The following paragraph intends to give a high-level introduction to basic concepts implemented in Blue Brain Nexus from a user perspective. The introduction is intended for a reader who wants to get a quick overview and feel for the concepts within Blue Brain Nexus.
The following concepts will be addressed in this paragraph: Organizations, Projects, Schemas, Data, Resolvers, Views and Resources.
For instance, let’s imagine you have some data from your latest clinical research study, and Blue Brain Nexus is your data management platform of choice. You want to store your data - e.g. the files and metadata for each study participant - in a structured manner that makes sense to you, your collaborators and your research field, update the data (e.g. to correct a typo) and search for them in a meaningful way (e.g. to retrieve only the data which was collected from female study participants).
Both concepts of Organizations and Projects in Nexus help you structure the data you want to store - a bit like the folder structure of an operating system which allows you to group data.
Organizations are the highest level under which you can group your data. You could e.g. create an organization for the department you are working in to help you collect all the data from your department under this organization. Located within organizations are projects. Much like organizations, projects allow you to group your data. You could e.g. create a project for the data from your research group within your department organization in Blue Brain Nexus in which you will then store the data from your latest clinical research study. While both organizations and projects help you to group your data and control who can access them, projects allow you to define additional settings applicable to everything within it, e.g. you can define how the identifier a schema within a given project should be composed.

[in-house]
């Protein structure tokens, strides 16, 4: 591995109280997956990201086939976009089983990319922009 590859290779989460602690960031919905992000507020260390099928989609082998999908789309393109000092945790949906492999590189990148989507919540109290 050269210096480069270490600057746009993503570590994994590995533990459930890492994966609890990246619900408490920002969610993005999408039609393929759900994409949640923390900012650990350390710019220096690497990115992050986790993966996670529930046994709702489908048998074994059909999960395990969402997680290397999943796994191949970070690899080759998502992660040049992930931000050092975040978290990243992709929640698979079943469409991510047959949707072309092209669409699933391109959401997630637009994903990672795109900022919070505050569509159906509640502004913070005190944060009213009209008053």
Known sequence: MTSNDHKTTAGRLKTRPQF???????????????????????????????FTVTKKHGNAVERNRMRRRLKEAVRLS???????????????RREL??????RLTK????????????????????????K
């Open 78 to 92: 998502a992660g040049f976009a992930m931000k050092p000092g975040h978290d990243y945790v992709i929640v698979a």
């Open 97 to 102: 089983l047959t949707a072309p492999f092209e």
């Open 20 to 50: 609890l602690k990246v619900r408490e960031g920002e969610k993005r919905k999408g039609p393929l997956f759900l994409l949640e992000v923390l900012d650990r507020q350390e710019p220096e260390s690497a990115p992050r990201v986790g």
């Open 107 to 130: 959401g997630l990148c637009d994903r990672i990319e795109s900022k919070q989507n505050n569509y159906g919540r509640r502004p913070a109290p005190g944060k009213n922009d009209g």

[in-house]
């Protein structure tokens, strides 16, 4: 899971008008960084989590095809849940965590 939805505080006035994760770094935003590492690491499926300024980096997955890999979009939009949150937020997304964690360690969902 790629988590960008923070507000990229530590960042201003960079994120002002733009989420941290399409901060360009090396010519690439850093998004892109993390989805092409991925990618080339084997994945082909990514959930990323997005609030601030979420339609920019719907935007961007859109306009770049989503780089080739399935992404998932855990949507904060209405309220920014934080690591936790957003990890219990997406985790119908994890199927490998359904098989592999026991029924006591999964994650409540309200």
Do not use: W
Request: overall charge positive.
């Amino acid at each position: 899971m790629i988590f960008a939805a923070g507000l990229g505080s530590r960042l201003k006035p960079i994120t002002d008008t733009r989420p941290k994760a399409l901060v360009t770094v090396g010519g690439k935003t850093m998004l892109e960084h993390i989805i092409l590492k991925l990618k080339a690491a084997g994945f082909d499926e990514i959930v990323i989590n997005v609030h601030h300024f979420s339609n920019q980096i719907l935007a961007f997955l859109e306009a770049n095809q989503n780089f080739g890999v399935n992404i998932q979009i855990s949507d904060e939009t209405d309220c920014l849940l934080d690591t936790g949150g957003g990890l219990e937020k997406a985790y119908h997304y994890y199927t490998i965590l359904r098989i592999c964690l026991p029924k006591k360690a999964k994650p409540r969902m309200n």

So what are Schemas in the context of Blue Brain Nexus? Schemas are a collection of rules or constraints applied to Data, or to other Resources in Blue Brain Nexus. Different types of data can be described with different schemas, e.g. if you want to store data on a person in Blue Brain Nexus, you could use a schema which requires you to provide a first name and a surname in your data, while if you want to store data on a research institute, you could use a schema which requires you to provide the name and the address of the institute. In brief, schemas in Nexus help ensure that (meta-)data is stored in the desired shape and that required (meta-)data is provided. So far, this paragraph described that you can “bucket” your data in organizations and projects and that you can validate them against a selected schema. However, one can imagine situations in which it is desirable to bridge projects while avoiding isolation, e.g. if you want to re-use a schema inside your project which one of your collaborators had already developed for a separate project in Blue Brain Nexus. For this purpose, Blue Brain Nexus provides a “bridging” mechanism called Resolvers. By defining a resolver, you can e.g. bring a schema from one project in Blue Brain Nexus within the scope of another. Once your data is stored in Blue Brain Nexus in the desired structure, you most certainly want to perform all sorts of searches on them. For search purposes, Blue Brain Nexus offers so-called Views, of which there can be several, each relying on a different technology (e.g. ElasticSearch).
Finally, all concepts in this paragraph, including organizations, projects, schemas, data, resolvers and views, are generically referred to as Resources within Blue Brain Nexus.